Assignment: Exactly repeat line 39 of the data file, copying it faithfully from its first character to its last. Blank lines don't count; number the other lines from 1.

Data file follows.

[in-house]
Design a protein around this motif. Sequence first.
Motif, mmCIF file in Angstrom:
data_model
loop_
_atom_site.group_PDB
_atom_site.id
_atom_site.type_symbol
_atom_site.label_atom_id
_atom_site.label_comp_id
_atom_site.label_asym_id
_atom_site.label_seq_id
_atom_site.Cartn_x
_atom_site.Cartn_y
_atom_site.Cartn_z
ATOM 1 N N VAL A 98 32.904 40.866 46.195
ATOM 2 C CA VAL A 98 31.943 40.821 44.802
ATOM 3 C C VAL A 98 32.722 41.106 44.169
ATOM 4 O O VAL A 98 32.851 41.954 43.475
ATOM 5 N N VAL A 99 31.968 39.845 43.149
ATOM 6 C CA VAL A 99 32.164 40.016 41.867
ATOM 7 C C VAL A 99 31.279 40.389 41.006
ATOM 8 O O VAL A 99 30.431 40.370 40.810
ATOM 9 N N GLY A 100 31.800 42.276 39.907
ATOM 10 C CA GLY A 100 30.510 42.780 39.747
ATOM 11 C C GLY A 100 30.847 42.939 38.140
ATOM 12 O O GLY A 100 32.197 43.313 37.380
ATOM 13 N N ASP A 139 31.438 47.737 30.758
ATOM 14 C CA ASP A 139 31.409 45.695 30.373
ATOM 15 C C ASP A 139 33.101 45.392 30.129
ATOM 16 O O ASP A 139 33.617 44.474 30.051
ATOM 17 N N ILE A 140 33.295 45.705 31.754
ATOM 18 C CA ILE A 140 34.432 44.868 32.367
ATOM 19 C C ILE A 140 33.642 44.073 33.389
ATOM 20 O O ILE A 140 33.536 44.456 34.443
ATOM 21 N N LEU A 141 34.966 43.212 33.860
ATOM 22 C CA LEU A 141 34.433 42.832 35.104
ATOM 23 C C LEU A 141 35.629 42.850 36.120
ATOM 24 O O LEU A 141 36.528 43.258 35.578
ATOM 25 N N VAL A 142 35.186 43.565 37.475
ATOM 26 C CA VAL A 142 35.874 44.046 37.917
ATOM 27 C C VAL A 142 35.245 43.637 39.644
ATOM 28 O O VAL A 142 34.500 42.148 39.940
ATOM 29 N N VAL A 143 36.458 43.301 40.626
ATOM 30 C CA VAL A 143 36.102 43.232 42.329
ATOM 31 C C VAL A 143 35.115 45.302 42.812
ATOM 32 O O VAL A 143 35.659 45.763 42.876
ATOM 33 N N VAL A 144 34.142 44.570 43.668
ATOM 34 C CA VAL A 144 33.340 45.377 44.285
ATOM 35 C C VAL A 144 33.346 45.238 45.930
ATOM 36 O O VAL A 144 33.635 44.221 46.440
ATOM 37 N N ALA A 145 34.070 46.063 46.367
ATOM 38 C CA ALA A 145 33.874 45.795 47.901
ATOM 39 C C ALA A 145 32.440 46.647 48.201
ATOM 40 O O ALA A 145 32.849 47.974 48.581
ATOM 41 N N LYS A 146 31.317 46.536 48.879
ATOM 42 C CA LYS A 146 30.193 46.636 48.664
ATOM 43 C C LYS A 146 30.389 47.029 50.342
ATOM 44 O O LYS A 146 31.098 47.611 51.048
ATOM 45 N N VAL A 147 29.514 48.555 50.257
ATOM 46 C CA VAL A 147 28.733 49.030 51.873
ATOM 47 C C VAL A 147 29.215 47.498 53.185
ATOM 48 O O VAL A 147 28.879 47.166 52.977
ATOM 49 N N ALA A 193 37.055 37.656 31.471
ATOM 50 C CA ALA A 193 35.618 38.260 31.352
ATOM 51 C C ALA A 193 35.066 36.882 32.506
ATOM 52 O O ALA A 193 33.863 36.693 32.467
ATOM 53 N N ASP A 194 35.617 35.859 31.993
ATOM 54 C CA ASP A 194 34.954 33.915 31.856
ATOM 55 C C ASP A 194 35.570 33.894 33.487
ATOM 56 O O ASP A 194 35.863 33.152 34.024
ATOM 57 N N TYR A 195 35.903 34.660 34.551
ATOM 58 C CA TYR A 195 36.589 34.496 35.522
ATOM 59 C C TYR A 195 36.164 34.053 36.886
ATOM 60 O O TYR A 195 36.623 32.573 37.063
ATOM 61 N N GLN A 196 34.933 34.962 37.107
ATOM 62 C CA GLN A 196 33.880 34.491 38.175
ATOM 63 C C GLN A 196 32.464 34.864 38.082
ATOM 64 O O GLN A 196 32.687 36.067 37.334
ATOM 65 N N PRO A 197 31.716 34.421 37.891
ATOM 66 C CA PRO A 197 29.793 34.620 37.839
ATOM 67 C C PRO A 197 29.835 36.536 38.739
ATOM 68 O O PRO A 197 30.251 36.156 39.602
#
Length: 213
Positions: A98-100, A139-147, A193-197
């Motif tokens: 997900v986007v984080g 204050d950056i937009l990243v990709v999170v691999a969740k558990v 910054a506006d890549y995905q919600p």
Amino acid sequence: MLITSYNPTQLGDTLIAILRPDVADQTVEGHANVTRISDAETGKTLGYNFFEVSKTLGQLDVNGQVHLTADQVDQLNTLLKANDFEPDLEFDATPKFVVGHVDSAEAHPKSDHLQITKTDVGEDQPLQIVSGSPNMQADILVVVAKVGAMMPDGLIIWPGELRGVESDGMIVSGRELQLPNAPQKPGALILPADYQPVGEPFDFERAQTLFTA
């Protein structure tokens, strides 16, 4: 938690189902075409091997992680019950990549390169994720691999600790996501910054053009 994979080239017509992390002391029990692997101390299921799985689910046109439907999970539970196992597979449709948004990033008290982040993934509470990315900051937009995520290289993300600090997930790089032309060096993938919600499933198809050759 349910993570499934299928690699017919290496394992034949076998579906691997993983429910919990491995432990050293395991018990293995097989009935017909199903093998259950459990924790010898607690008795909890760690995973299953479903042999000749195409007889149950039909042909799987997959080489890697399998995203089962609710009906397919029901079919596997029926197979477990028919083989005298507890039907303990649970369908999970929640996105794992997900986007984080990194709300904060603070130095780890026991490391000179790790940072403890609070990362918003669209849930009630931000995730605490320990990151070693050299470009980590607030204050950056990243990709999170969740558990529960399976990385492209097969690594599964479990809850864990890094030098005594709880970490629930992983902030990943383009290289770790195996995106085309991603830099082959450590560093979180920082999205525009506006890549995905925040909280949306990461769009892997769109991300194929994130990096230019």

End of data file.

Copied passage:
ATOM 24 O O LEU A 141 36.528 43.258 35.578